Routine Vaccination & Preventative Care
An Overview for Pet Owners
North Shore Boston
As a pet owner, you hear a lot about vaccinations
and how your four-legged friend has to have them. But what are pet vaccinations? And what vaccinations should your pet have?
Protecting Pets from Disease
Simply put, vaccinations are given to protect your pet against disease. During vaccination, a modified bacteria, parasite or virus is administered to your pet by injection or intra-nasally. The vaccination triggers an immune response within your pet's body to protect against a specific disease.
Vaccinations for Young Pets
Veterinarians usually recommend giving puppies and kittens a series of vaccinations starting when they are approximately seven weeks old. Young animals need to be vaccinated early on since the natural immunity in their mothers' milk gradually wears off and they become vulnerable to infectious diseases.
According to the American Veterinary Medical Association (AVMA), a series of vaccinations are usually scheduled approximately three to four weeks apart, with the final vaccination series being administered when they are 16 to 18 weeks old.
The Importance of Annual Shots
Annual booster shots will also be necessary to keep vaccine levels high enough in your pet to protect her over time. Fortunately, pet owners appear to be keeping up with their pets' shots; the 2007 AVMA Pet Ownership and Demographics Sourcebook reports that 64.4% of dog owners and 63.7% of cat owners received vaccination services or products during their most recent veterinary visit.
X-rays are used in a variety of cases. They are vital in detecting bone fractures, bladder stones, and for finding and assessing tumors. They can be helpful in locating foreign material such as swallowed fishhooks and safety pins. They are used to aid in decision making regarding Cesarean Section surgery by allowing the surgeon to actually see the size and number of fetuses present. In order to have a quality x-ray film the subject must be motionless for the fraction of a second the exposure it occurring. Some cats and dogs are very cooperative and others will need sedation to calm them for the procedure. Other special situations require that the dog or cat be completely relaxed for a particular view or procedure…and that means a light anesthetic is required.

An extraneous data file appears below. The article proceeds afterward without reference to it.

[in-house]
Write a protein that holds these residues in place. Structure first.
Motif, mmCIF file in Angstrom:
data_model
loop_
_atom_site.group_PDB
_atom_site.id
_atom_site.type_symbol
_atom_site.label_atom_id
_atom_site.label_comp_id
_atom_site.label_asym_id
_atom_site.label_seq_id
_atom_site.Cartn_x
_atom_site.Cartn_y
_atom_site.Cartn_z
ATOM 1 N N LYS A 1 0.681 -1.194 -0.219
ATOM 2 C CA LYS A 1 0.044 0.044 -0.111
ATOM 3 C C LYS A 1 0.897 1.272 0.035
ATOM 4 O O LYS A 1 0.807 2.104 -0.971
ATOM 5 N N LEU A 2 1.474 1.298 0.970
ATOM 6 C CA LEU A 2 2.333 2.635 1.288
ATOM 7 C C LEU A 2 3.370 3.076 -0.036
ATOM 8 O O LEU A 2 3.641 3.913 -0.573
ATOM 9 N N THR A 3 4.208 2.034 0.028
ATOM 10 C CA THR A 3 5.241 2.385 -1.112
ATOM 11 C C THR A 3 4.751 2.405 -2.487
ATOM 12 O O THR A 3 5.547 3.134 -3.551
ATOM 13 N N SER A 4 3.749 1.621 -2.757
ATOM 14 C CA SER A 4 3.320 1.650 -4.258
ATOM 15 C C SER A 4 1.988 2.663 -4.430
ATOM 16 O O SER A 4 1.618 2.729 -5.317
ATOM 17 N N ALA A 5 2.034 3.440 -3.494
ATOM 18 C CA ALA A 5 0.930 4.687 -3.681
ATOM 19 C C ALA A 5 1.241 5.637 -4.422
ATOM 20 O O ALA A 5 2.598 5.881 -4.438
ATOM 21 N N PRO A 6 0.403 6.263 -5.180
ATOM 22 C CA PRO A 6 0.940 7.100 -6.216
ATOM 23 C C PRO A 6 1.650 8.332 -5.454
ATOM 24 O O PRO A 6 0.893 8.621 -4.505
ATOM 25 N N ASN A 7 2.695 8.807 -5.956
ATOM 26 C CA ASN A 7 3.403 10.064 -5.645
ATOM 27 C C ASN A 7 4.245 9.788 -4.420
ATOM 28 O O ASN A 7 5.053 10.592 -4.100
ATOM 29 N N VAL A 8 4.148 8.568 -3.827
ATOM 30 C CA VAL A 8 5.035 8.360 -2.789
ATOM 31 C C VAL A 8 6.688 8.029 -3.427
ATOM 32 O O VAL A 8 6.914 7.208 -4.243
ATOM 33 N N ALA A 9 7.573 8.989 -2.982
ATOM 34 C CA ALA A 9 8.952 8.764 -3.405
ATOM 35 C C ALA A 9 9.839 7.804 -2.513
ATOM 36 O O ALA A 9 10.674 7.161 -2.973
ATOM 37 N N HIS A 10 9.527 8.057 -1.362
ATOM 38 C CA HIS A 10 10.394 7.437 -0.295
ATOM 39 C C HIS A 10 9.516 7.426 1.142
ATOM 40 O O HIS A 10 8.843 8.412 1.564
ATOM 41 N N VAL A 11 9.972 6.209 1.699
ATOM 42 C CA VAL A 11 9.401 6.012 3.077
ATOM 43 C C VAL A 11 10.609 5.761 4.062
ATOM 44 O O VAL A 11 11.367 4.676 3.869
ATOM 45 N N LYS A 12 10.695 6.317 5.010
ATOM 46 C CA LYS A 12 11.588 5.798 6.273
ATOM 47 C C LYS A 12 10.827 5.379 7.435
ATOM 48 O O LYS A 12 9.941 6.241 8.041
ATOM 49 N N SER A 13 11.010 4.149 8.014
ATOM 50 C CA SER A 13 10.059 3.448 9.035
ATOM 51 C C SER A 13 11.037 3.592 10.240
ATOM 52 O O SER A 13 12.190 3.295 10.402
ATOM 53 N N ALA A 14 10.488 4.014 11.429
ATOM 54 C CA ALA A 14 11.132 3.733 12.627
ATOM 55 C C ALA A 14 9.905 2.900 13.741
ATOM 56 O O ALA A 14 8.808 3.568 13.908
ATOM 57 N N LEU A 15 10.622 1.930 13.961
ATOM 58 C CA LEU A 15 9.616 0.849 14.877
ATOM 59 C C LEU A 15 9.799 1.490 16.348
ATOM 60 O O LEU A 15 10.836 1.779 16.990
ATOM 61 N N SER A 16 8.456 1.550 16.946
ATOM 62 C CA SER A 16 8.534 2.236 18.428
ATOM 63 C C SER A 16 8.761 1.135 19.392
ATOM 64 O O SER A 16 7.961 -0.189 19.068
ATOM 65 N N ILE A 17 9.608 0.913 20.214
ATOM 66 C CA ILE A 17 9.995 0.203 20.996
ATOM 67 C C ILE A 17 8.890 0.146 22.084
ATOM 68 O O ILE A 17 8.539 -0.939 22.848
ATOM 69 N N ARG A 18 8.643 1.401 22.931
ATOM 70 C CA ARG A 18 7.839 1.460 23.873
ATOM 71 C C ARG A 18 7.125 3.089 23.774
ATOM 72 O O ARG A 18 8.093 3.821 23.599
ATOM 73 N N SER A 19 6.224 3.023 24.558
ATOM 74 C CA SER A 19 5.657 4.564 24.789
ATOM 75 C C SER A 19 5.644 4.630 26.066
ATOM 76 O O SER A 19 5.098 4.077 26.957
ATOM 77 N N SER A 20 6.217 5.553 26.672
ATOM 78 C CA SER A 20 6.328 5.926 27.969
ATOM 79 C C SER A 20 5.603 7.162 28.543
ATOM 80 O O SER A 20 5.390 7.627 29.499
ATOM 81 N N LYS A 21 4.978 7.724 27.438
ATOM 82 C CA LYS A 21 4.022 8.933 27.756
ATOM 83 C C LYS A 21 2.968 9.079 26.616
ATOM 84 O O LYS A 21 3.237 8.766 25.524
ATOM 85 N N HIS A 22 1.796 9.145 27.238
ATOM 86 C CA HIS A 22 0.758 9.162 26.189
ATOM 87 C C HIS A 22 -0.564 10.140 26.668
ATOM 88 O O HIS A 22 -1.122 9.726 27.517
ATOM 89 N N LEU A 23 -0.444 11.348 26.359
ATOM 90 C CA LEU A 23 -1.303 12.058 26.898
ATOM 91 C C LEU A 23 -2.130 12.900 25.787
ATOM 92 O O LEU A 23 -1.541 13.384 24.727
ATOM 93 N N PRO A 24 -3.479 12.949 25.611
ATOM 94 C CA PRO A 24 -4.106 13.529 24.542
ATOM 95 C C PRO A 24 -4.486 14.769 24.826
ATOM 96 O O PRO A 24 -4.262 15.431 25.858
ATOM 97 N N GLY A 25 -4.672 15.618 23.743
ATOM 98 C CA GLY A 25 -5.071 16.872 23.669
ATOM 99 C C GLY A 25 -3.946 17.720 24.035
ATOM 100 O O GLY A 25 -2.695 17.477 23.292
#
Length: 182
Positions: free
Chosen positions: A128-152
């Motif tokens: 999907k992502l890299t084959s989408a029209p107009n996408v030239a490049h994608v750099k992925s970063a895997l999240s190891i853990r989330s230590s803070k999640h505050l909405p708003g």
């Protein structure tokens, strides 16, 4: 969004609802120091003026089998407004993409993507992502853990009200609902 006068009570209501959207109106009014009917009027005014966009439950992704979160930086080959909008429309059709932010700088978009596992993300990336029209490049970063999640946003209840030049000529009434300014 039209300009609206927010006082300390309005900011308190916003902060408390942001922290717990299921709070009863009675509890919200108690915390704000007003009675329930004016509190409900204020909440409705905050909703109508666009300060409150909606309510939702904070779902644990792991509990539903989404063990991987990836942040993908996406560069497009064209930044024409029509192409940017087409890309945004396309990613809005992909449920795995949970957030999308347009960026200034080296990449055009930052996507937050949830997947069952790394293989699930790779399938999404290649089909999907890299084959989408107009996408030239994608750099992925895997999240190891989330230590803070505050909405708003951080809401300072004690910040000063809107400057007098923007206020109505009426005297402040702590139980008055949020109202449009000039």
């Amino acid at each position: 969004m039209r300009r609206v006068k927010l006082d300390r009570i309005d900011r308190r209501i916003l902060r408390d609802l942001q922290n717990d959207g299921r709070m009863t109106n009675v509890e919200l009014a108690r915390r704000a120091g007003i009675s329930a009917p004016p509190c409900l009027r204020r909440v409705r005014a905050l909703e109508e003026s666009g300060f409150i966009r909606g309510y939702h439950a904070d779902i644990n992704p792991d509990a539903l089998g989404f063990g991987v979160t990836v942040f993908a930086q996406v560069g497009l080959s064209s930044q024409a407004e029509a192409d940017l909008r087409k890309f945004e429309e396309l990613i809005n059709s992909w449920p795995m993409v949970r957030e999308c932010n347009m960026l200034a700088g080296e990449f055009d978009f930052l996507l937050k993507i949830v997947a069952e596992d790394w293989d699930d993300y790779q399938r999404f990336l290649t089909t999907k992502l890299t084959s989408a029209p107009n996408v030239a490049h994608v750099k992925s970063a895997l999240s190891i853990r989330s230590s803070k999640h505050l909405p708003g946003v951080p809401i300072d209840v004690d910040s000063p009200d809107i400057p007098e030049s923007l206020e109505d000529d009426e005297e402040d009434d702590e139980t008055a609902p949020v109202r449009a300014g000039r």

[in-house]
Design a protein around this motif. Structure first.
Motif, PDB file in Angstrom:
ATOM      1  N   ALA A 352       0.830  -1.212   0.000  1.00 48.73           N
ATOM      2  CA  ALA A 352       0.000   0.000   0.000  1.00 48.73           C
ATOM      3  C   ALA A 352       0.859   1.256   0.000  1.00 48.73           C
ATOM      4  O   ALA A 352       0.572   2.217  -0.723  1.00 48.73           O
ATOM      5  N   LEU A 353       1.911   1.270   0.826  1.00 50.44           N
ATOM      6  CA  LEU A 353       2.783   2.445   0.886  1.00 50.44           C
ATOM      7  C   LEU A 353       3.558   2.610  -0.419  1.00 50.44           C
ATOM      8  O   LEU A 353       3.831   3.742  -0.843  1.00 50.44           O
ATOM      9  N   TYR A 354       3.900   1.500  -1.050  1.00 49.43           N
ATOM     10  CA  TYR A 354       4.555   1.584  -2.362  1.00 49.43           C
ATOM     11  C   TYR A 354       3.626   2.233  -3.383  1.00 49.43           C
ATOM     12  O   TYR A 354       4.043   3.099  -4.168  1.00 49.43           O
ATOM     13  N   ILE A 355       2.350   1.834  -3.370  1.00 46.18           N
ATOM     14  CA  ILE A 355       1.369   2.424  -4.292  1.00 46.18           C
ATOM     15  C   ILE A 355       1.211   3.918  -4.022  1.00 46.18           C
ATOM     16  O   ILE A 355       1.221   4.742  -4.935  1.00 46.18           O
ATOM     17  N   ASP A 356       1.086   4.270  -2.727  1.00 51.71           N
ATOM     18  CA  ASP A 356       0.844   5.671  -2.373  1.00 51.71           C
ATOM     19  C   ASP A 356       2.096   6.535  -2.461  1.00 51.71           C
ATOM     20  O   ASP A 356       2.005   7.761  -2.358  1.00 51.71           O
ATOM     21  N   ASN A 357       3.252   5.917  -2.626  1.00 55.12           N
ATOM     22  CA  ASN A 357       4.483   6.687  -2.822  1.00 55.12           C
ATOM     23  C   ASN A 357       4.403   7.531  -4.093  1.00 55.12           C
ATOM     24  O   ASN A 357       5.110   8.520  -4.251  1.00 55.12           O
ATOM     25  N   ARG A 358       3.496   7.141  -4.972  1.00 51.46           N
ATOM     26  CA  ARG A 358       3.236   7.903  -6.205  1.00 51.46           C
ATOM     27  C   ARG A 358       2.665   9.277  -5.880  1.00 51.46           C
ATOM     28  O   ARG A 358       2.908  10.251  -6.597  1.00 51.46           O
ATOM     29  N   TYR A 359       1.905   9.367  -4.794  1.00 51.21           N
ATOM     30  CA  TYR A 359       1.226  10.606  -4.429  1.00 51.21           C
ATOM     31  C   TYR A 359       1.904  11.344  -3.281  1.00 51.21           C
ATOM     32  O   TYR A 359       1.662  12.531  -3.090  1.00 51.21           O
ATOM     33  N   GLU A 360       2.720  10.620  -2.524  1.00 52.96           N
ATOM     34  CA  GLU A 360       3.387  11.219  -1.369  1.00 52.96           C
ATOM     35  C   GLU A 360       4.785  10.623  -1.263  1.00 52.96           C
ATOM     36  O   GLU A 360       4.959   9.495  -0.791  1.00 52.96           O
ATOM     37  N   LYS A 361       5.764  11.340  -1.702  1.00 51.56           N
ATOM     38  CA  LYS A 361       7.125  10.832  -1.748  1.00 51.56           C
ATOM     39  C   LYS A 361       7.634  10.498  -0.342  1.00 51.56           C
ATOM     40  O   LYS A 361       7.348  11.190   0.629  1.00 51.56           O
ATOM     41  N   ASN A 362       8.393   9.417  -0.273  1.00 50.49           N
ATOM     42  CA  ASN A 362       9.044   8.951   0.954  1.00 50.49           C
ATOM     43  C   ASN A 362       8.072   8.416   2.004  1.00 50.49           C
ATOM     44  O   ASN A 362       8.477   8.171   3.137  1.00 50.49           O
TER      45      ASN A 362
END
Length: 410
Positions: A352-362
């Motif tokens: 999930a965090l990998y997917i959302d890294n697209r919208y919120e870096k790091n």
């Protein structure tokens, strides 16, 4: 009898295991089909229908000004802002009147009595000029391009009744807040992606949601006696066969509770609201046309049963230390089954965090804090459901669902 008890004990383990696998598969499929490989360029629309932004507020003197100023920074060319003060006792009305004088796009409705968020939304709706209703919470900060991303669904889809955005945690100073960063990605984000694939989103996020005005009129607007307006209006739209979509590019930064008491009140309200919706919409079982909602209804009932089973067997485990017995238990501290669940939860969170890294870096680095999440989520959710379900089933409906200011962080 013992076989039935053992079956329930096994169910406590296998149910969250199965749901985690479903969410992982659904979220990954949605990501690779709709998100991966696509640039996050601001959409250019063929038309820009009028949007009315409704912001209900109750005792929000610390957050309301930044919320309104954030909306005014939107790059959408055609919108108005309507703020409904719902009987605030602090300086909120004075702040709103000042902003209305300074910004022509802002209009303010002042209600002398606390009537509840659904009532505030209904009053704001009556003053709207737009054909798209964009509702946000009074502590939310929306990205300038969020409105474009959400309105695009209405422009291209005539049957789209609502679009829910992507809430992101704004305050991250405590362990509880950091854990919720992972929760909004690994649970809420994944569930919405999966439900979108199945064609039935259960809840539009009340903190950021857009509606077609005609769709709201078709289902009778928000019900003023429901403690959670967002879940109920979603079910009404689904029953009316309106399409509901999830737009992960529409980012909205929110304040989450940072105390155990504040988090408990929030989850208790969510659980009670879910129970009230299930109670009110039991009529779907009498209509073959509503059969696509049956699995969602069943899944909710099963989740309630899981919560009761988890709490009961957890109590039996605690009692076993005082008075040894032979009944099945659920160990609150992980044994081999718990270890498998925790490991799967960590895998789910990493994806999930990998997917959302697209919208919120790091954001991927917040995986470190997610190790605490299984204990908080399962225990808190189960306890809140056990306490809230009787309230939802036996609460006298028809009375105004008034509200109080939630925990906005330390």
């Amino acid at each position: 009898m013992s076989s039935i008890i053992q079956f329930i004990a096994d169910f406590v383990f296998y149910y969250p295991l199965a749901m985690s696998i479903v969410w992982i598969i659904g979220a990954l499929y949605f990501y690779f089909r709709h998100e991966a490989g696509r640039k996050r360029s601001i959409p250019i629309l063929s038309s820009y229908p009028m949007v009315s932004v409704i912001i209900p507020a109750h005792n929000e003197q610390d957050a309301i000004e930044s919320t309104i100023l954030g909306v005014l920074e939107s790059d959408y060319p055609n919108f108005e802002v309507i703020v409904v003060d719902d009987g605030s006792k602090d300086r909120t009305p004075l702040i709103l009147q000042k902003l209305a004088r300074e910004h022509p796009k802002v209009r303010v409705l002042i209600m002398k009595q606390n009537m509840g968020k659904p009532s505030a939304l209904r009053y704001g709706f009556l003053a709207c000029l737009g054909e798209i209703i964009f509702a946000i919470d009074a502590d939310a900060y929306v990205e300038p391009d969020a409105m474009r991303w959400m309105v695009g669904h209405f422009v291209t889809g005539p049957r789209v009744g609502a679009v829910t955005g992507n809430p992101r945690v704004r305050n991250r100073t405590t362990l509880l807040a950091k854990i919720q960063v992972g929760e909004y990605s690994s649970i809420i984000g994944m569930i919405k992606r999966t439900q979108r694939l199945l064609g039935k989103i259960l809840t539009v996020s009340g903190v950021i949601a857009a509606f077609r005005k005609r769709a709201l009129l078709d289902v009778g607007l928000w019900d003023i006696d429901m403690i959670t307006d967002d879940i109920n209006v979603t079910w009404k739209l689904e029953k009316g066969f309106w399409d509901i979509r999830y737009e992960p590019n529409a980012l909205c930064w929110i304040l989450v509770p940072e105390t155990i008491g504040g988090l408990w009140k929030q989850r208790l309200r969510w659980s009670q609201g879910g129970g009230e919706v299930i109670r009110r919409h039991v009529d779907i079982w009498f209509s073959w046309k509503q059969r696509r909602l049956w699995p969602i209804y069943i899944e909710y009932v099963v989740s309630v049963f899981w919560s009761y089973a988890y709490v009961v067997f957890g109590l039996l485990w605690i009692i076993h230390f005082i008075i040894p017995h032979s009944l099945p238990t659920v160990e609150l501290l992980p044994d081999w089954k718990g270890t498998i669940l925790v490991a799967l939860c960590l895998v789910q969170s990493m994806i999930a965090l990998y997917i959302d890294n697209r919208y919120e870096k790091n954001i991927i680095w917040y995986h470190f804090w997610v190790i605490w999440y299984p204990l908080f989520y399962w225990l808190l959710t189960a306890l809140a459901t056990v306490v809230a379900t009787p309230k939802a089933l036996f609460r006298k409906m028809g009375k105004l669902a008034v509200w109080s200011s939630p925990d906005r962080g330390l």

Diagnostic Laboratory Samples
North Shore Veterinarian
On a house call basis, lab work could never be easier both on the pet or the client. In the towns we service, from Peabody up to Danvers and from Reading to Beverly, we often collect blood samples ,stool samples and even cytology samples for laboratory submission. Veterinary animal care requires a great deal of analysis because our patients rarely speak. Presently the laboratory work most required includes Occult heartworm testing, thyroid function tests, adrenal gland function tests and biochemical tests addressing liver kidney and other organ function.
On a home visit basis, we administer ECGs and these are immediately assessed and diagnosed with the help of Idex labs.
The procedure requires neither sedation nor more than very basic restraint. Results are quick and efficient. Often an ultrasound is suggested in addition to the ECG. Either we transport the pet or refer to a specialized ultrasound center.
Extensive Diagnostic Testing
We seek the analysis of underlying physiological/biochemical changes.
We do this by utilizing extensive biochemical profiles. We have our own in house lab, as well as using IDEX labs and their excellent consultation services.
Within 24 hours or less, we are able to process blood chemistry results for CBC, Chemistry, Thyroid, occult heartworm, fecal analysis and many other laboratory procedures.
We will provide guidance regarding your pet's nutritional needs for each life stage, including dietary requirements for growth, weight maintenance and performance. We provide delivery for our patients of prescription diets.
Deciding to euthanize a companion animal is one of the most difficult decisions a pet owner will ever make. Although performing euthanasia for pets
to end suffering is the, most unselfish thing we can do for our pet, it is also very sad.
When a pet is euthanized, it is often an emotional time for the pet's caregiver.
You should know that we will make sure that absolutely everything has been done and that this really is the only option left to you and your animal. Our vet is a pet owner too, and he has had to make this tragic decision for his own special family members. The recommendation he gives to you will be in the best interest for you and your pet. Furthermore, a trip to a hospital for an ill animal may be a traumatic experience.
Our home pet euthanasia
service makes this difficult time less stressful for everyone involved. We can help you make a decision you feel comfortable with, then provide a peaceful experience for your family and for your pet when you feel his time has come.